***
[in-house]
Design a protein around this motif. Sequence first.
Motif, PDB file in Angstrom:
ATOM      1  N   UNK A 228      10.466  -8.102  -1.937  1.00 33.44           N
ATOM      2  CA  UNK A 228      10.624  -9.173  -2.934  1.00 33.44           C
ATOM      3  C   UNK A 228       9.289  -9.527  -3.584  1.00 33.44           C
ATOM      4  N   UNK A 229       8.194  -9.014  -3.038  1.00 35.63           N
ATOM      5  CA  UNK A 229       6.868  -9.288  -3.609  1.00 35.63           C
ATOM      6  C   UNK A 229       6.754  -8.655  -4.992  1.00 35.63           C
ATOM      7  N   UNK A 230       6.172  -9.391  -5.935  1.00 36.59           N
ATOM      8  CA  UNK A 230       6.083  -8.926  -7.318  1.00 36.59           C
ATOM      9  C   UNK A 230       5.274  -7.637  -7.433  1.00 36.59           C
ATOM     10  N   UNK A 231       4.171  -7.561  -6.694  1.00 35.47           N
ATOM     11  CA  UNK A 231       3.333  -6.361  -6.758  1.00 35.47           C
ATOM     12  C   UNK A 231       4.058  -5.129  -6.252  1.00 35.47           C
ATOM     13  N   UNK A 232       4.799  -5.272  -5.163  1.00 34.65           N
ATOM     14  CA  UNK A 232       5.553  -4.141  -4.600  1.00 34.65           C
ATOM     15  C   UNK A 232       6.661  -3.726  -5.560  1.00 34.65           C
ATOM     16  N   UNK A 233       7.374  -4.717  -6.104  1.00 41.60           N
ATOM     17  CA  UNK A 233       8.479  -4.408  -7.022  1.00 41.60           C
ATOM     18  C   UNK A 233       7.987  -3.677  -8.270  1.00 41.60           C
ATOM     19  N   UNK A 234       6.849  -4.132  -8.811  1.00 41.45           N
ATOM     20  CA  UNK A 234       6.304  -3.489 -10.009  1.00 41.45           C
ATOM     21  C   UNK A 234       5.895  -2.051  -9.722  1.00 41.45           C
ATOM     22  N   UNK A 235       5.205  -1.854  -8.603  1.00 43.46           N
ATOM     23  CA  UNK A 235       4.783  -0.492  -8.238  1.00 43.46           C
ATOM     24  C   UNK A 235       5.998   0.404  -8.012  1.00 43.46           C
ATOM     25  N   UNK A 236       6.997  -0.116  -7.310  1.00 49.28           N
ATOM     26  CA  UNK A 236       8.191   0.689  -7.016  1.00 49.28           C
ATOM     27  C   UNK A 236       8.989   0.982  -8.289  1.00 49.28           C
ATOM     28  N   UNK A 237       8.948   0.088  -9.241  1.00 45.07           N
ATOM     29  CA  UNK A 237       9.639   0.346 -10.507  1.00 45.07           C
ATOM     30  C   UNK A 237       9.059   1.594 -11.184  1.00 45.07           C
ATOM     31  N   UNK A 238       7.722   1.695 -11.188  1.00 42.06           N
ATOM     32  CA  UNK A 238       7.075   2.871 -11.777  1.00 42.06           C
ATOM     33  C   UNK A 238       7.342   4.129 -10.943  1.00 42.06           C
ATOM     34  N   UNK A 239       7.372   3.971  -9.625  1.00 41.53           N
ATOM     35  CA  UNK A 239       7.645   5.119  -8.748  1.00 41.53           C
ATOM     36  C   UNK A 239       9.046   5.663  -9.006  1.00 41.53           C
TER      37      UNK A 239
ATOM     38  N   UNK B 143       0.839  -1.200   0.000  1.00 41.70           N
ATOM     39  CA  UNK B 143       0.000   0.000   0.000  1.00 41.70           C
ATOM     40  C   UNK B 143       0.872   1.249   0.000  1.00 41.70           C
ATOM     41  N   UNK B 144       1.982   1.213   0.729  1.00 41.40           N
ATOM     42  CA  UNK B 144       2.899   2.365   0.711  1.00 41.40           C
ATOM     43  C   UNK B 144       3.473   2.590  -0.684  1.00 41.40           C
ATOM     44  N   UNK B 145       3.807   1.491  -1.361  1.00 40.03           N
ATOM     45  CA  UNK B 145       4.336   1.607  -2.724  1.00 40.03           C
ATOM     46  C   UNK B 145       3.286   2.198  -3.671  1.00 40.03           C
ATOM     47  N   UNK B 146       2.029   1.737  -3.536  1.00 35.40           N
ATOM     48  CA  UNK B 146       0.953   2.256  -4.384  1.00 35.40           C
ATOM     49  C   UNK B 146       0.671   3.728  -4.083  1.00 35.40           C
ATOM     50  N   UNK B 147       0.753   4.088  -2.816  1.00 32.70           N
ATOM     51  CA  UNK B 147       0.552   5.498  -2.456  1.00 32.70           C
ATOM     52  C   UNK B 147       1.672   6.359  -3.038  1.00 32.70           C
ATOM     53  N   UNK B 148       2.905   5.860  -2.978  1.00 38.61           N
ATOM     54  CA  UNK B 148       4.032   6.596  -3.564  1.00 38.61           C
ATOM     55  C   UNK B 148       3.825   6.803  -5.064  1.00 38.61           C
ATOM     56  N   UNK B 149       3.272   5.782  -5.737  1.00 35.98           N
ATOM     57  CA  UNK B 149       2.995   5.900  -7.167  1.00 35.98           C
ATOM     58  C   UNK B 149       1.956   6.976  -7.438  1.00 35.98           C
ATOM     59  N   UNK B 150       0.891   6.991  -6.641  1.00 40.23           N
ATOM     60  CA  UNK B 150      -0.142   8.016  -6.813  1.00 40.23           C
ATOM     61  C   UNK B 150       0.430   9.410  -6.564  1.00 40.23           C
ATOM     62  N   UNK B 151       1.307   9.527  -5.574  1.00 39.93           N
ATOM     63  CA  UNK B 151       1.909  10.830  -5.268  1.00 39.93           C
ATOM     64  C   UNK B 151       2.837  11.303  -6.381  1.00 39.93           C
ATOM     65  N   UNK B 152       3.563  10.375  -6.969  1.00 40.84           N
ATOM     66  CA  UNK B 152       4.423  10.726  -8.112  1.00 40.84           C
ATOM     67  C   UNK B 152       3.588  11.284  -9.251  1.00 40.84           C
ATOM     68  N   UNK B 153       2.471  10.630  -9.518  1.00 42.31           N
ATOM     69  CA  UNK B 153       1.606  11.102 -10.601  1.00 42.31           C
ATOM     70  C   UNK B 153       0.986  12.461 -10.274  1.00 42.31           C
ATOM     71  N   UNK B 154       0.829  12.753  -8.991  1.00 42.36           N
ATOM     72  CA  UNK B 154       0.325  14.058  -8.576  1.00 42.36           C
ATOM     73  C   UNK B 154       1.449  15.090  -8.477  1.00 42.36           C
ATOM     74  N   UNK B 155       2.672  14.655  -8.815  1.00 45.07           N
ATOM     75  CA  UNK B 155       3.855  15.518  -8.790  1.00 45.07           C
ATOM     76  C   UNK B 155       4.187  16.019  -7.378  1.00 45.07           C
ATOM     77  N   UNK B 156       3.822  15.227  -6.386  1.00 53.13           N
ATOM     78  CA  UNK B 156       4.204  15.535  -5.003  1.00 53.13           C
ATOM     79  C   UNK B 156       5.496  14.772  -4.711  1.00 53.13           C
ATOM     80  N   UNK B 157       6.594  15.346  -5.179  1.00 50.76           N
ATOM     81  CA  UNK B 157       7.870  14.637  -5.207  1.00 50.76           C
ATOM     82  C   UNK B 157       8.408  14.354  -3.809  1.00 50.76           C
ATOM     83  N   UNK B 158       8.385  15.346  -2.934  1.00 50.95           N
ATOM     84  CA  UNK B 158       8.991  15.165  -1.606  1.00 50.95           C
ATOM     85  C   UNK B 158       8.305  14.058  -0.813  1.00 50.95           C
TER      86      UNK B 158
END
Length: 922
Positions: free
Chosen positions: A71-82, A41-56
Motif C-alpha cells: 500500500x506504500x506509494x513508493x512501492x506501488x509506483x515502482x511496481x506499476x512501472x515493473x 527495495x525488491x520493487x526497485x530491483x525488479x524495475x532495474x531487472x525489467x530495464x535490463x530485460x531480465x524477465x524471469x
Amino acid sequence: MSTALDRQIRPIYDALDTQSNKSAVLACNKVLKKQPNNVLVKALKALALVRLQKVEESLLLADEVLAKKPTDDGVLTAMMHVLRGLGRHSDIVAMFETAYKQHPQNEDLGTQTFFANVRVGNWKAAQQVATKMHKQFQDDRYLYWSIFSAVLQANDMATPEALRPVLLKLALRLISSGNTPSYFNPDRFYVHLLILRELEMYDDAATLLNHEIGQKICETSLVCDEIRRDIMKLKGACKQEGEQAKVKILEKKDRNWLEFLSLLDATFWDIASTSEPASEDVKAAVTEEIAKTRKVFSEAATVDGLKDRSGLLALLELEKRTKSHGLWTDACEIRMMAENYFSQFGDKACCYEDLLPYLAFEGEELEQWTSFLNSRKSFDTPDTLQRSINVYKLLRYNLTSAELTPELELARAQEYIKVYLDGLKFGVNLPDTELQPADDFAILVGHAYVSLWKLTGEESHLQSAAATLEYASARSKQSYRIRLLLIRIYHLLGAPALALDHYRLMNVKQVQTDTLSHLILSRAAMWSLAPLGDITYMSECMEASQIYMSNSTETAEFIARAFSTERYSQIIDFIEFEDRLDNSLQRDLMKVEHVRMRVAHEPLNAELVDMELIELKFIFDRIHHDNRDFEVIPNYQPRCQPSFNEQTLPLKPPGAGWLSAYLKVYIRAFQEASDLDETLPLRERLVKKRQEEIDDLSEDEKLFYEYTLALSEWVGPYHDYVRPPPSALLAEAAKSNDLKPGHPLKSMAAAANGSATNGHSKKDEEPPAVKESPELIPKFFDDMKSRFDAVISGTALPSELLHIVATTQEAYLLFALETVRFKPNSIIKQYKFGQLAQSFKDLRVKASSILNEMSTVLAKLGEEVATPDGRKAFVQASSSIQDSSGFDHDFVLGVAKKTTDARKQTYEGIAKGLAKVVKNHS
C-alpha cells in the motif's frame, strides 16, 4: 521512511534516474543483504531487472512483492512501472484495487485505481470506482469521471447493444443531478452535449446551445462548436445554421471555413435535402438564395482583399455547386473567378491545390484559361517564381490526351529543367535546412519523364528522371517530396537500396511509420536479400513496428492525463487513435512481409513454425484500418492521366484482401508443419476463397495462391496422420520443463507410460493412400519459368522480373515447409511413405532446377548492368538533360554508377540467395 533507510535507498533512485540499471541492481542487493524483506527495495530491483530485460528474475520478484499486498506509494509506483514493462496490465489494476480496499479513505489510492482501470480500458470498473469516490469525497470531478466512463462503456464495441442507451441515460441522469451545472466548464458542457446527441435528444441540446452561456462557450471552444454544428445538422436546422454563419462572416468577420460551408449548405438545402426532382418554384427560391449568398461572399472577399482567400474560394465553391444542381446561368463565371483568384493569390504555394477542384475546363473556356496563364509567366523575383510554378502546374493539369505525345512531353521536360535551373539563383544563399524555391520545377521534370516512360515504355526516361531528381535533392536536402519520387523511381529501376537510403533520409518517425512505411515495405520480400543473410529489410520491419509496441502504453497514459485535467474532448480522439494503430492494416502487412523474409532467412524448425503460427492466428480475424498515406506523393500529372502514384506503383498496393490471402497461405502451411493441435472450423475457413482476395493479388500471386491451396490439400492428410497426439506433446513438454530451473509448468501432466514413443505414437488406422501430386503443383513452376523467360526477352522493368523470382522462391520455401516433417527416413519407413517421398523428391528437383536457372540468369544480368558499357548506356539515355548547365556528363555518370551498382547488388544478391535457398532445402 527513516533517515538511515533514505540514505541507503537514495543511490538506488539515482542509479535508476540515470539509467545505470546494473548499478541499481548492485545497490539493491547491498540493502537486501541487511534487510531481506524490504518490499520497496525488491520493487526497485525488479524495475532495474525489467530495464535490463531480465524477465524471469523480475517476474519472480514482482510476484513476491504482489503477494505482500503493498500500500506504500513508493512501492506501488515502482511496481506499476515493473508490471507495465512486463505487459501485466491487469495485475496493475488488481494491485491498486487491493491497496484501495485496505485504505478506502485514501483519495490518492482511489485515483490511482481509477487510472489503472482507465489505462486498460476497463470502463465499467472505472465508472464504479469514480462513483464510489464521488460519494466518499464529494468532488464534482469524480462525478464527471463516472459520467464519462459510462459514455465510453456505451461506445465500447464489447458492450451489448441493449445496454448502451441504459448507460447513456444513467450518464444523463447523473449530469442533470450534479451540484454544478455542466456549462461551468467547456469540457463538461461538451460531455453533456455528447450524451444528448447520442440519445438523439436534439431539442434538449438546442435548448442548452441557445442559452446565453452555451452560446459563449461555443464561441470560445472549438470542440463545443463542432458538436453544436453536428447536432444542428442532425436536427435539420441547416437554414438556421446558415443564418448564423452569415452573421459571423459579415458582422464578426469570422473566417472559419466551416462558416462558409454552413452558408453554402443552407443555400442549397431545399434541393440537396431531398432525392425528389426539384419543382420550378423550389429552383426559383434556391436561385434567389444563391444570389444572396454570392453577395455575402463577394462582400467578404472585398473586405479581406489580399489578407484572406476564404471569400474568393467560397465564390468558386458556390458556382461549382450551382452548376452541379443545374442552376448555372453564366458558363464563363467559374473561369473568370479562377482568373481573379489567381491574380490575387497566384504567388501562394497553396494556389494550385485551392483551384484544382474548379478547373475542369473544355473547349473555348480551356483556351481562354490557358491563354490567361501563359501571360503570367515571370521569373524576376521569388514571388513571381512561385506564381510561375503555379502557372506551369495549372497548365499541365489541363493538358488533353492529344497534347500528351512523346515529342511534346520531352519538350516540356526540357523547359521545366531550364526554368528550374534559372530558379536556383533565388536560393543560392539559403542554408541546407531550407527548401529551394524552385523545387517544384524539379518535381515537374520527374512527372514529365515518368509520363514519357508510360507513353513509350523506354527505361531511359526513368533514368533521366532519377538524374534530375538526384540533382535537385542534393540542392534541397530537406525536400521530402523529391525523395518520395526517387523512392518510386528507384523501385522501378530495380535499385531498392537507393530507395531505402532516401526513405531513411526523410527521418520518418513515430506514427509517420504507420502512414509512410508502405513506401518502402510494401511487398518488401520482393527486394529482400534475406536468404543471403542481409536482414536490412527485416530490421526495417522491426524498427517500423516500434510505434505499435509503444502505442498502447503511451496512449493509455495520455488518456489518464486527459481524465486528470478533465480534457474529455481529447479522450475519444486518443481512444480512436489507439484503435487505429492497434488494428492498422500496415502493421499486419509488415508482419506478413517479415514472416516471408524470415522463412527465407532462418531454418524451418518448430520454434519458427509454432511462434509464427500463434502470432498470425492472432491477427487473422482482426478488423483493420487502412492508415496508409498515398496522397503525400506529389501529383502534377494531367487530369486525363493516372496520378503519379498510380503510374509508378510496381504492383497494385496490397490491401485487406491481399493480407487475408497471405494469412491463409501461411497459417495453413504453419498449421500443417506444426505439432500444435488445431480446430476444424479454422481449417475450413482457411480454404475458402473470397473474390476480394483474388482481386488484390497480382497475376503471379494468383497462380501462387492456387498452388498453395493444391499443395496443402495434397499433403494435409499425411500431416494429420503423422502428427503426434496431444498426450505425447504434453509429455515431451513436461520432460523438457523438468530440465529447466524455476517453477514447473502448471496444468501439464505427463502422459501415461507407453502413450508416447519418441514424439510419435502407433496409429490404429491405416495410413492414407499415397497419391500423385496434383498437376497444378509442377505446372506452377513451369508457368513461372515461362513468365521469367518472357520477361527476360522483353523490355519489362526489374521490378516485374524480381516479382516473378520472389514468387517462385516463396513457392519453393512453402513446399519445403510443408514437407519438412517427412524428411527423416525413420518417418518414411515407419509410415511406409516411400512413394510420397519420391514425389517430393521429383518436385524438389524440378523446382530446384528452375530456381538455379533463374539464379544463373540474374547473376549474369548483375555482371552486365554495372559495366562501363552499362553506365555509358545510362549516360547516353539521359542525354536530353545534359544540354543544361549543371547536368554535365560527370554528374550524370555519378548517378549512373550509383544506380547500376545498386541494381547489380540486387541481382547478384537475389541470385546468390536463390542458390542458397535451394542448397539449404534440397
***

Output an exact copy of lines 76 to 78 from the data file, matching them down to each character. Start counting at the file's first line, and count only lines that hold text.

ATOM     73  C   UNK B 154       1.449  15.090  -8.477  1.00 42.36           C
ATOM     74  N   UNK B 155       2.672  14.655  -8.815  1.00 45.07           N
ATOM     75  CA  UNK B 155       3.855  15.518  -8.790  1.00 45.07           C